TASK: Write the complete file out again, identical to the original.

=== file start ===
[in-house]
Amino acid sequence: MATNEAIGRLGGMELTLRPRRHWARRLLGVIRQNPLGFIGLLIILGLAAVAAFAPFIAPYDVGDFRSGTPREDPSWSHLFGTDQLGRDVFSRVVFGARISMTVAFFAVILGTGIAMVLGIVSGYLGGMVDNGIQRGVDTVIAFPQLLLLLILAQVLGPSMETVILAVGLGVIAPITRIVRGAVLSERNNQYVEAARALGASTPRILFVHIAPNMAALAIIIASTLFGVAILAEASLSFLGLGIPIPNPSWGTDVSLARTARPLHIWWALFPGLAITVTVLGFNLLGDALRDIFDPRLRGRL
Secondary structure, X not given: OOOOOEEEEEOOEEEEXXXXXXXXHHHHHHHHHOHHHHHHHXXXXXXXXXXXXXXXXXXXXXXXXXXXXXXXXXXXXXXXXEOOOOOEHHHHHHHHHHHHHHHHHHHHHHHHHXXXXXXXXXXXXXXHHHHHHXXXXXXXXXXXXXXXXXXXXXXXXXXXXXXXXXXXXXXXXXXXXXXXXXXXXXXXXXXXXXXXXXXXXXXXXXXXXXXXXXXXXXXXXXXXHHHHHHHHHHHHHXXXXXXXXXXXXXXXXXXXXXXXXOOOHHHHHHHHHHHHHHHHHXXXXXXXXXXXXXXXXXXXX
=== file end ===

[in-house]
Amino acid sequence: MATNEAIGRLGGMELTLRPRRHWARRLLGVIRQNPLGFIGLLIILGLAAVAAFAPFIAPYDVGDFRSGTPREDPSWSHLFGTDQLGRDVFSRVVFGARISMTVAFFAVILGTGIAMVLGIVSGYLGGMVDNGIQRGVDTVIAFPQLLLLLILAQVLGPSMETVILAVGLGVIAPITRIVRGAVLSERNNQYVEAARALGASTPRILFVHIAPNMAALAIIIASTLFGVAILAEASLSFLGLGIPIPNPSWGTDVSLARTARPLHIWWALFPGLAITVTVLGFNLLGDALRDIFDPRLRGRL
Secondary structure, X not given: OOOOOEEEEEOOEEEEXXXXXXXXHHHHHHHHHOHHHHHHHXXXXXXXXXXXXXXXXXXXXXXXXXXXXXXXXXXXXXXXXEOOOOOEHHHHHHHHHHHHHHHHHHHHHHHHHXXXXXXXXXXXXXXHHHHHHXXXXXXXXXXXXXXXXXXXXXXXXXXXXXXXXXXXXXXXXXXXXXXXXXXXXXXXXXXXXXXXXXXXXXXXXXXXXXXXXXXXXXXXXXXXHHHHHHHHHHHHHXXXXXXXXXXXXXXXXXXXXXXXXOOOHHHHHHHHHHHHHHHHHXXXXXXXXXXXXXXXXXXXX